We do it as one of our many 100 Day centers.
Well that's it for now. Thanks for stopping by.
We have about a foot of snow here in Michigan, which puts me in the mood to design some wintry stuff.
Wishing you a creative & cozy day.
"An investment in knowledge pays the best interest." - Benjamin Franklin
1-2-3 Come Do Some Christmas Writing With Me
Whenever I toss a bit of craftiness into a writing prompt, my students can’t wait to get down to business.
With that in mind, I designed 6 cat-themed picturesinside a semi-circle.
As always, patterns come in black & white for students, as well as full-color, so that teachers can quickly & easily make an example to share.
Children of course can color their cats however they want.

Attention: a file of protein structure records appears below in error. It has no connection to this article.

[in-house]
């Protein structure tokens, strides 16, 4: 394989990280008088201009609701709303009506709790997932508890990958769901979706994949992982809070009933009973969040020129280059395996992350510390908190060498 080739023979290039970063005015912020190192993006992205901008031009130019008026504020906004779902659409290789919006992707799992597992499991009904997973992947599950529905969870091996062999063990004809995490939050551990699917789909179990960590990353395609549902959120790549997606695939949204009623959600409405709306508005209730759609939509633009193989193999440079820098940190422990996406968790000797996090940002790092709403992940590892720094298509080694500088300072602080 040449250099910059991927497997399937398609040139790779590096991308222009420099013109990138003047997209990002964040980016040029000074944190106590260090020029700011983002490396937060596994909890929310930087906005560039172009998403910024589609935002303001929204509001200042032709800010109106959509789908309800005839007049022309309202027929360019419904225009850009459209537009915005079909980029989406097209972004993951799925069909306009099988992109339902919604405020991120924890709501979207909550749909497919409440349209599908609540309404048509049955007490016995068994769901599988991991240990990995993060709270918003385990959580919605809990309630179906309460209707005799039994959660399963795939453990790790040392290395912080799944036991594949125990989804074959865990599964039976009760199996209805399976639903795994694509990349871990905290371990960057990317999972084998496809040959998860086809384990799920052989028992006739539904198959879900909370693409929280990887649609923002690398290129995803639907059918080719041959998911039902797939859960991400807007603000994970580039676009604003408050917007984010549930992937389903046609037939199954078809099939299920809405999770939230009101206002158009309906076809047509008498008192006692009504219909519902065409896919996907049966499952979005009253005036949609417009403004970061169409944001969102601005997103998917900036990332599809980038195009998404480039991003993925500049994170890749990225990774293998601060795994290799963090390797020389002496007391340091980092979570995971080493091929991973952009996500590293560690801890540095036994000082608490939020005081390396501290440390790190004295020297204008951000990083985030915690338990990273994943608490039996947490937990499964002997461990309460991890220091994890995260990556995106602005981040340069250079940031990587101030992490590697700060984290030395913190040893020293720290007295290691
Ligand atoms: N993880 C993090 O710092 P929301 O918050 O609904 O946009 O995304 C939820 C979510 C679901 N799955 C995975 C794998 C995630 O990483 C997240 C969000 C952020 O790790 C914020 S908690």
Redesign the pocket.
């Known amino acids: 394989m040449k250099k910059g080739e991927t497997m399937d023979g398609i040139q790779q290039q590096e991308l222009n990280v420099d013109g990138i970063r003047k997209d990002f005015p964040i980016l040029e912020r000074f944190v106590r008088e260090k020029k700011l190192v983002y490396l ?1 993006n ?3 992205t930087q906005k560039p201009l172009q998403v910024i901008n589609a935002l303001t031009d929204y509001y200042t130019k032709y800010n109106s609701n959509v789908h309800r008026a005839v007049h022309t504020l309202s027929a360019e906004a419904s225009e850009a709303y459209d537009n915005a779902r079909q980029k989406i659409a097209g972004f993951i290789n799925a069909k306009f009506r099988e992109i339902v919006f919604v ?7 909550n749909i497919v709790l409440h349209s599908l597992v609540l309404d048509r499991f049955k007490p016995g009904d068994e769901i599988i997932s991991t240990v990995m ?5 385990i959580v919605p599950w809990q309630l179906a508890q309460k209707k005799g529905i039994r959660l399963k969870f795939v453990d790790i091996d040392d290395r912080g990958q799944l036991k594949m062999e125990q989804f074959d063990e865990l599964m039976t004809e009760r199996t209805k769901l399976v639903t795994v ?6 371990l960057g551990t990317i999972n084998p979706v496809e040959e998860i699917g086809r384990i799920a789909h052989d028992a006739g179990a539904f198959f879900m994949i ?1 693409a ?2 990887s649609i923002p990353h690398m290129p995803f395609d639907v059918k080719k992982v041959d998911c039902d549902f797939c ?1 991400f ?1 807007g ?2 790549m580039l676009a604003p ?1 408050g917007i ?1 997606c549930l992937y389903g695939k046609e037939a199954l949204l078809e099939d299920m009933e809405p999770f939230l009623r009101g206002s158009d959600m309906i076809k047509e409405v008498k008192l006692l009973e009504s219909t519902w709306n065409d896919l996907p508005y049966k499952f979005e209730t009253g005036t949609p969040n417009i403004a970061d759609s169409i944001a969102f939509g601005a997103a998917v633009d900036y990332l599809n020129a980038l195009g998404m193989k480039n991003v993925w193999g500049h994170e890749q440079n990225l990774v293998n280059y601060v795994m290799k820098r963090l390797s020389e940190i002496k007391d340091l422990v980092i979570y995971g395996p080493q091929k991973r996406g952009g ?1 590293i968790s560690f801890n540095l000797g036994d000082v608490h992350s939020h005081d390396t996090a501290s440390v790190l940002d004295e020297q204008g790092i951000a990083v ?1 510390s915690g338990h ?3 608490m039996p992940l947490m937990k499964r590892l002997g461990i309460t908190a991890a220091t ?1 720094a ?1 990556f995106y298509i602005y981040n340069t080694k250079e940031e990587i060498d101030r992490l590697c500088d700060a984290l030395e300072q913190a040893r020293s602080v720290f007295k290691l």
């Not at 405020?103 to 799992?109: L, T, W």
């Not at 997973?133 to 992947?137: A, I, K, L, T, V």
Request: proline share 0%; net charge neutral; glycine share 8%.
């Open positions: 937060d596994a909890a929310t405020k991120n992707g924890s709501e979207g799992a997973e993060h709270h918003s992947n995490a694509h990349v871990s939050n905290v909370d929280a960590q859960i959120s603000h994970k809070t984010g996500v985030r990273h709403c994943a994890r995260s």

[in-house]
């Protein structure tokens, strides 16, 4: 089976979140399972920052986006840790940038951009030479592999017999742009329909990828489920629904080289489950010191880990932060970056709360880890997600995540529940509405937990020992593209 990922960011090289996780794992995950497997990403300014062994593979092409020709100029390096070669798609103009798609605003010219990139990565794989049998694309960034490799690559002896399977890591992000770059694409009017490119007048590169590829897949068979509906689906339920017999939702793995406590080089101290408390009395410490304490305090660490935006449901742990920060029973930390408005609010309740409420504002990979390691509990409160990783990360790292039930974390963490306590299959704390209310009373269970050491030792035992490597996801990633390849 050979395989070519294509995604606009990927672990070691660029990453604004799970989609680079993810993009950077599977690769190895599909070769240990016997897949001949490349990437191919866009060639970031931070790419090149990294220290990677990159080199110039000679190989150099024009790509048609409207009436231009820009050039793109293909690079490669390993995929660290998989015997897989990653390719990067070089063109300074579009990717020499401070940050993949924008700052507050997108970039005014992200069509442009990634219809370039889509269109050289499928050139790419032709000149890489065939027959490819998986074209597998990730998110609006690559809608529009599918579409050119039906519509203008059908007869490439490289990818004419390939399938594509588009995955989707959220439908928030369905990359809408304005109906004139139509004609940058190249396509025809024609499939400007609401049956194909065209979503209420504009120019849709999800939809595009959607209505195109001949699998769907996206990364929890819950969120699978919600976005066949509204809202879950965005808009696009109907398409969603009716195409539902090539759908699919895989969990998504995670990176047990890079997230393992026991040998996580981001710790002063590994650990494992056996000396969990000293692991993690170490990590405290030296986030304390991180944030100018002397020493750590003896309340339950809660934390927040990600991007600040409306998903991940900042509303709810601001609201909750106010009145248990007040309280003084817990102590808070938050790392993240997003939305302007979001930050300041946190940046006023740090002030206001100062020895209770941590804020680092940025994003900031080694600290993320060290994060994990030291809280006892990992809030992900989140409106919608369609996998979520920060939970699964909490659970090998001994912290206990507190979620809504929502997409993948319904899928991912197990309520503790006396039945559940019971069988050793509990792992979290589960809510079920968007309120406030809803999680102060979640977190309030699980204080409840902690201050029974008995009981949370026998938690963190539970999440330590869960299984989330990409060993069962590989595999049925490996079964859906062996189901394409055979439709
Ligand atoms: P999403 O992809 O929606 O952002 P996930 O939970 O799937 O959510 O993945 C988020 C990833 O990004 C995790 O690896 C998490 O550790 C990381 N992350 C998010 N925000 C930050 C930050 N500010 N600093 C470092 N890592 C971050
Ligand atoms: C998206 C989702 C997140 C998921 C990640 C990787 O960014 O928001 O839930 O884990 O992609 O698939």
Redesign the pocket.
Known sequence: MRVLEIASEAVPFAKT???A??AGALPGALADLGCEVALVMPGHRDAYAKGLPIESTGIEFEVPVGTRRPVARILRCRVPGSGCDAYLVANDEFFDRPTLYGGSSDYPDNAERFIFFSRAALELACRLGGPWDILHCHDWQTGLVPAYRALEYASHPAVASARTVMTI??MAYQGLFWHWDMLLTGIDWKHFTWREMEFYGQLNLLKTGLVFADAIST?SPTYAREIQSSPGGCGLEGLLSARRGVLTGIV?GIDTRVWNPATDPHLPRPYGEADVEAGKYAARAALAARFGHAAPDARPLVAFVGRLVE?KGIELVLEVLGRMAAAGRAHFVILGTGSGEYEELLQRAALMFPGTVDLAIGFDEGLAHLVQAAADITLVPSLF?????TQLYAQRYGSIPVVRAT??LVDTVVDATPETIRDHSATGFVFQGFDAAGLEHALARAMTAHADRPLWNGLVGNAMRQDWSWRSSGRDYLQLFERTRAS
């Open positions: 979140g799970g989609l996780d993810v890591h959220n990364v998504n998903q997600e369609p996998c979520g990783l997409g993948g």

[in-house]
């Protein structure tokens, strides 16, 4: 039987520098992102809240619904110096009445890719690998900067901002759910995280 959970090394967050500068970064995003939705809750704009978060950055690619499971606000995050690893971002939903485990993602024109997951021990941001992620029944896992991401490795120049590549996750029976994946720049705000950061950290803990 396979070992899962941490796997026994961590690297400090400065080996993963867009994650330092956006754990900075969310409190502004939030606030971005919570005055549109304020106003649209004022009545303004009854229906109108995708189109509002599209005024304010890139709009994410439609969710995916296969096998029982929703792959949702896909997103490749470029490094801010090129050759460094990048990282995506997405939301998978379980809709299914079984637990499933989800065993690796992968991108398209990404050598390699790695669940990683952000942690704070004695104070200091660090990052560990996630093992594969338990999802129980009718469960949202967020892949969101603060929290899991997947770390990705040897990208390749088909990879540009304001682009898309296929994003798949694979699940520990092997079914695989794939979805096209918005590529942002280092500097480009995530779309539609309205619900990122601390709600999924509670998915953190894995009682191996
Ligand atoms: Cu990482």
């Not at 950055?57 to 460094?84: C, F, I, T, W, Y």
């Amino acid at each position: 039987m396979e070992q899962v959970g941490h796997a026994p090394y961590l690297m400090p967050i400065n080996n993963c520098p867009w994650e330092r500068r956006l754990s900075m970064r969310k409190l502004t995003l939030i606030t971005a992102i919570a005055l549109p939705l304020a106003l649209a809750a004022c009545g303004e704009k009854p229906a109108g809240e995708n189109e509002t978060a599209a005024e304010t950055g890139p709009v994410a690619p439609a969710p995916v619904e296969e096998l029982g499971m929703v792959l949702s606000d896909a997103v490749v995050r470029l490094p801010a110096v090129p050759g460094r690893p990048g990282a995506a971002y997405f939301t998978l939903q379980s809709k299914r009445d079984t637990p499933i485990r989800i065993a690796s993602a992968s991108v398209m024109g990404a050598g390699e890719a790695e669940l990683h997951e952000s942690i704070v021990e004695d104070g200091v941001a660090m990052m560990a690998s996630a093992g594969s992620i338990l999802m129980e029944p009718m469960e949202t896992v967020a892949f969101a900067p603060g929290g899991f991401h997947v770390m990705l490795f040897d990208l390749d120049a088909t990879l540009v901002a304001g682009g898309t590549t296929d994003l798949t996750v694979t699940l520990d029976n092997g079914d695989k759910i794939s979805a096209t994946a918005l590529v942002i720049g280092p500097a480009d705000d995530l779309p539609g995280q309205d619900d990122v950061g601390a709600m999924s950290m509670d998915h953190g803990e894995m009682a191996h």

The semi-circle shape makes it easy-peasy to cut, then glue to the top of their writing prompt once they color it.
A semi-circle may be a new concept for some students, so be sure & grab that teachable moment to explain this interesting 2D shape.
I’ve included 2 sizes of paper, with lined & unlined options.
Both are trimmed with a snowflake border.
There are 3 writing prompts to choose from.
Pick your favorite or give students a choice.
I've also included a blank template, so that students can write about something else.
"A List of Things for a 'Purr-fect' Christmas" is especially simple and provides practice for the "make a list" writing standard.
I've included my sample in the packet.
For that finishing touch, they can color, cut & glue a "dangler" to the bottom.